A: Well, unfortunately a lot of it depends on how profitable the Teach with Portals initiative is, but assuming it’s a success for Valve, then yes, we’ll see other entrants into that category. There is of course a lot of danger here as we can’t have the same level of haphazard disregard that we sometimes show in entertainment games (such as the “the threat of rape will make you want to ‘protect’ Lara Croft” statement recently issued) can’t be show in educational products. To make these successful we really need to cross the gap and extend the olive branch to professional educators, getting them on board and advising us on how to really build out educational content. We know how to entertain, but I think it would be hubris to think that we’re better at educating than people who have years of experience and a deep tradition of thinking about how to do so.
Q: You’ve talked a lot about “gamifying education”, if such a thing could be achieved, what role would teachers play, and what role would game designers play?
A: The teacher would be the DM, the designer would write the module (and any of you who play D&D know how much any DM worth their salt can [does] change, alter, and personalize any module given to be something radically different from the original creation).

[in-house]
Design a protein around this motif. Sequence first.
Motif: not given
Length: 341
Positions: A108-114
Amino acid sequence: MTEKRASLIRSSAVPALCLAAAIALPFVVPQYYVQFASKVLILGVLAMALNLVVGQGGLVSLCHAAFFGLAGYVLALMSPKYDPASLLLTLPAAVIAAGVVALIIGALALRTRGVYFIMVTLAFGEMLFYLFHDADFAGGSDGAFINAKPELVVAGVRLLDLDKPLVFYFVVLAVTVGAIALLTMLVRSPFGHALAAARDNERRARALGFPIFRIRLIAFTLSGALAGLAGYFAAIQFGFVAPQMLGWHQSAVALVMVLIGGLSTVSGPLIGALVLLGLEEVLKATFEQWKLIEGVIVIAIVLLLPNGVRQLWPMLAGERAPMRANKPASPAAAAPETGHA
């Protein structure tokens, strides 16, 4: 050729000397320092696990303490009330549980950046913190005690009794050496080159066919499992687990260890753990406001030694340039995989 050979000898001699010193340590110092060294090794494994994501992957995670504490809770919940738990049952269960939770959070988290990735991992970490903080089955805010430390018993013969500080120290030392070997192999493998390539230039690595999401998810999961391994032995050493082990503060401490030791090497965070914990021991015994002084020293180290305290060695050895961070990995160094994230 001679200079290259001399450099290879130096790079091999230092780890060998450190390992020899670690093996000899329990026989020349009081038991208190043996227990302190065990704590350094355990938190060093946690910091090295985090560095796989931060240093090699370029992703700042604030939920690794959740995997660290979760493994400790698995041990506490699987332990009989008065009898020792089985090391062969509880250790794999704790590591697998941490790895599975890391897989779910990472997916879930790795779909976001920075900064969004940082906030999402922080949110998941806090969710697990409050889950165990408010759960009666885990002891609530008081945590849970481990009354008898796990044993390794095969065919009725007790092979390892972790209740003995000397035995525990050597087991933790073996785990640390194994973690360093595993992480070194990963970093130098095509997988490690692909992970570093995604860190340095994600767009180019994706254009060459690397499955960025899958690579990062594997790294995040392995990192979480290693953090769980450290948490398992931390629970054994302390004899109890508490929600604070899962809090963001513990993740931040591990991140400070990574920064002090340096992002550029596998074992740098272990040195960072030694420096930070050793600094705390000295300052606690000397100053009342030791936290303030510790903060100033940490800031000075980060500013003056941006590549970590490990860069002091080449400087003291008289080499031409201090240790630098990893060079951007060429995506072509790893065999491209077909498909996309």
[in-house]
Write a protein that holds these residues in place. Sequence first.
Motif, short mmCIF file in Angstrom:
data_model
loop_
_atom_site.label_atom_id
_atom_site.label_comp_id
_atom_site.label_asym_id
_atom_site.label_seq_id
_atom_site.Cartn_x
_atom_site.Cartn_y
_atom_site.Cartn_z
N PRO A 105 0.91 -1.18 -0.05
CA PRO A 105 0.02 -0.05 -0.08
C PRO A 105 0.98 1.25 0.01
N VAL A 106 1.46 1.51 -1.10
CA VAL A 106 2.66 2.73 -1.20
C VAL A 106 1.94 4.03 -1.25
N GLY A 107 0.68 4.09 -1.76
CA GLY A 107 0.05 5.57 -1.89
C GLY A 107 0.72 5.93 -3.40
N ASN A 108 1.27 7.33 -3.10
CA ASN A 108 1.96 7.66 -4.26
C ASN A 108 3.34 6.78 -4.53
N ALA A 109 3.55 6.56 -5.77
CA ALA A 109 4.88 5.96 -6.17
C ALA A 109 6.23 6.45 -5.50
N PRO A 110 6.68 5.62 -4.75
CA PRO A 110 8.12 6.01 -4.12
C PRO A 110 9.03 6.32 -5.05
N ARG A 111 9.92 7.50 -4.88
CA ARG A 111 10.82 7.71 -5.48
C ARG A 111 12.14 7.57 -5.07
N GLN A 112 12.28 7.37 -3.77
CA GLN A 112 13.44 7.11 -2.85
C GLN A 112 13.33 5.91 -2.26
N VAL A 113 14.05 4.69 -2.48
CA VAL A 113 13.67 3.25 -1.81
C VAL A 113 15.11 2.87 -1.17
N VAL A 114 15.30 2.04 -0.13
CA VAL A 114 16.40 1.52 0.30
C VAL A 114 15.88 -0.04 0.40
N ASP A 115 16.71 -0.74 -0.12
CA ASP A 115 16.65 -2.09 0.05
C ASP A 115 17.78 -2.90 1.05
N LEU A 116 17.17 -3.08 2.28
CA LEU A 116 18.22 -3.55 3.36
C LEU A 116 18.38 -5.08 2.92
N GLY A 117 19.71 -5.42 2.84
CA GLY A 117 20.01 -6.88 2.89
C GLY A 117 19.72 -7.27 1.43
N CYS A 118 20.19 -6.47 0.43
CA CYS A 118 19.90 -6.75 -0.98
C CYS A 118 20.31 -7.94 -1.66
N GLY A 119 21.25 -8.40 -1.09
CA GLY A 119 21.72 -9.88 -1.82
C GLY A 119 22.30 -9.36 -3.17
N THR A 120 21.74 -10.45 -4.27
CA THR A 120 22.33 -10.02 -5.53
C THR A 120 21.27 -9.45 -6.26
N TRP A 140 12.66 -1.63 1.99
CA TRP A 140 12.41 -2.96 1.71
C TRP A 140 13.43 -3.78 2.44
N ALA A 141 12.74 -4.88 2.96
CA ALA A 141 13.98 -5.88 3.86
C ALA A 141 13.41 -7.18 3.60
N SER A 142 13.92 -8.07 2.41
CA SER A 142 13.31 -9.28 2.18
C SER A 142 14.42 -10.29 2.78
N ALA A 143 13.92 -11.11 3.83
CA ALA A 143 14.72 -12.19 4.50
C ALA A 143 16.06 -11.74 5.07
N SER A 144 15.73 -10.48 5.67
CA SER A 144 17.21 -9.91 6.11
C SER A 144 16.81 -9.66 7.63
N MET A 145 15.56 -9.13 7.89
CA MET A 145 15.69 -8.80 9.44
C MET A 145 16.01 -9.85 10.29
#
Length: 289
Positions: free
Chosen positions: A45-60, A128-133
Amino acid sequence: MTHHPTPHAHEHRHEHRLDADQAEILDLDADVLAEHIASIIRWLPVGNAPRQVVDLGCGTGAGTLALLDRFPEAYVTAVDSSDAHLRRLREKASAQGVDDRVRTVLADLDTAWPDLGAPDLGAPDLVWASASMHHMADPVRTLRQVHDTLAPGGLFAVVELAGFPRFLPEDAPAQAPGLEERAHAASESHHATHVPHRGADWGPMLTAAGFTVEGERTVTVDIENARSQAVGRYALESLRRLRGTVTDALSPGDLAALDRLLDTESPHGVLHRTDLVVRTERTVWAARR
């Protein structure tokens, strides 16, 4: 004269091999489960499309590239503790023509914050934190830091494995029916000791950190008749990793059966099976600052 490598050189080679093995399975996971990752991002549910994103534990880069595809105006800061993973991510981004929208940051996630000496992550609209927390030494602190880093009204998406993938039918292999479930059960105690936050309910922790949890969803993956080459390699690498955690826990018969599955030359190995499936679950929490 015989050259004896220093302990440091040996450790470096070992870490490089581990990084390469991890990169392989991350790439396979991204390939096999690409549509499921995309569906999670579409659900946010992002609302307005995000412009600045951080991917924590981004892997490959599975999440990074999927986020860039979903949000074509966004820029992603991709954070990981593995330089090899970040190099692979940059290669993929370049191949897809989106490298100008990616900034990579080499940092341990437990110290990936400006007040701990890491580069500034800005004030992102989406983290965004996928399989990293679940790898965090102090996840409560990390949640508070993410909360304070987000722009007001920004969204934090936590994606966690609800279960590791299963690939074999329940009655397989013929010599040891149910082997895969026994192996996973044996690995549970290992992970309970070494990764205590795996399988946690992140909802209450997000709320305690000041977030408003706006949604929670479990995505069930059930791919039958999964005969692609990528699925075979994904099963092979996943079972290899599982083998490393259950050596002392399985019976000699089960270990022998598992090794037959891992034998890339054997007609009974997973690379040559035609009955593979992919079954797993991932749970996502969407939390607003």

Q: Continuing on the education route, for current top tier courses like the APs (Advanced Placement) that teach to a standardized test, how difficult would it be to implement smart gamification that would give students more academic freedom? Could standardized testing and gamification live in harmony?
A: So… I have only one comment on assessment. Right now assessment is binary: you fill out a sheet of paper, you hand it in, and a few weeks later you get it back to find out whether you were right or wrong. This isn’t how the world works. This isn’t a 21st century approach. Today most employers (especially for anything we’d consider a job that provides a ‘middle class’ wage) don’t care if you get things right on the first try, rather they care about how quickly you can come to an excellent solution. Most company’s put higher value on the person who can do something in an hour, having to test and iterate on it a few times in that hour (i.e. being wrong the first time or two) than the guy who can get the same job done in a day and get it right on the first try (this of course comes with the caveate that the person who is iterating is aware that they might be wrong and is checking their work rather than just handing it off to do damage down the chain…but that’s going to be true of decent employee [i.e. the type of people we want our schools to produce]). Games give immediate feedback, they could be an incredible tool in making the transition from binary testing to efficiency testing. Let’s hope we see it.
That wraps up part one of our Q&A with James, huge thanks to him for giving us his time! Next Tuesday the epicness will continue with part two!